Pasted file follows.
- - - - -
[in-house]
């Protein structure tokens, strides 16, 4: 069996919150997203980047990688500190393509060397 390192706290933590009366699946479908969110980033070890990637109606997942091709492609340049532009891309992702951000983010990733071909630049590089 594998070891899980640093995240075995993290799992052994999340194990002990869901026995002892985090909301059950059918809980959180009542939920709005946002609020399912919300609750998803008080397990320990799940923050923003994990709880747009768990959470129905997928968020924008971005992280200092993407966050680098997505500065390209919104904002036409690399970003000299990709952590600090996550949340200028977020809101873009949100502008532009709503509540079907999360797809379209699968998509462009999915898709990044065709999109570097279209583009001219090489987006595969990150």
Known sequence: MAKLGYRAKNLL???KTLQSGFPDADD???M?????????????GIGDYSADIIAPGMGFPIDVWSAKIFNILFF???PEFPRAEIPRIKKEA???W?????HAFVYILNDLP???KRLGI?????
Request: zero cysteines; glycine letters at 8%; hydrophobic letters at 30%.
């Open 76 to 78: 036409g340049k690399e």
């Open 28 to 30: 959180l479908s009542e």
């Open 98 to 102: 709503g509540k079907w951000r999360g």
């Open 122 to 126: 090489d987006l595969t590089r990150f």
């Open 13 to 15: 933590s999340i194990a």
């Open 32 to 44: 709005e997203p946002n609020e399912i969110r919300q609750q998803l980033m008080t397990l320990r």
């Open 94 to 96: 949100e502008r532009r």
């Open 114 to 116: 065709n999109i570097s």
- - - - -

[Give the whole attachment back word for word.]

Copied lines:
[in-house]
């Protein structure tokens, strides 16, 4: 069996919150997203980047990688500190393509060397 390192706290933590009366699946479908969110980033070890990637109606997942091709492609340049532009891309992702951000983010990733071909630049590089 594998070891899980640093995240075995993290799992052994999340194990002990869901026995002892985090909301059950059918809980959180009542939920709005946002609020399912919300609750998803008080397990320990799940923050923003994990709880747009768990959470129905997928968020924008971005992280200092993407966050680098997505500065390209919104904002036409690399970003000299990709952590600090996550949340200028977020809101873009949100502008532009709503509540079907999360797809379209699968998509462009999915898709990044065709999109570097279209583009001219090489987006595969990150």
Known sequence: MAKLGYRAKNLL???KTLQSGFPDADD???M?????????????GIGDYSADIIAPGMGFPIDVWSAKIFNILFF???PEFPRAEIPRIKKEA???W?????HAFVYILNDLP???KRLGI?????
Request: zero cysteines; glycine letters at 8%; hydrophobic letters at 30%.
């Open 76 to 78: 036409g340049k690399e």
């Open 28 to 30: 959180l479908s009542e």
């Open 98 to 102: 709503g509540k079907w951000r999360g």
């Open 122 to 126: 090489d987006l595969t590089r990150f």
């Open 13 to 15: 933590s999340i194990a």
């Open 32 to 44: 709005e997203p946002n609020e399912i969110r919300q609750q998803l980033m008080t397990l320990r």
């Open 94 to 96: 949100e502008r532009r």
């Open 114 to 116: 065709n999109i570097s």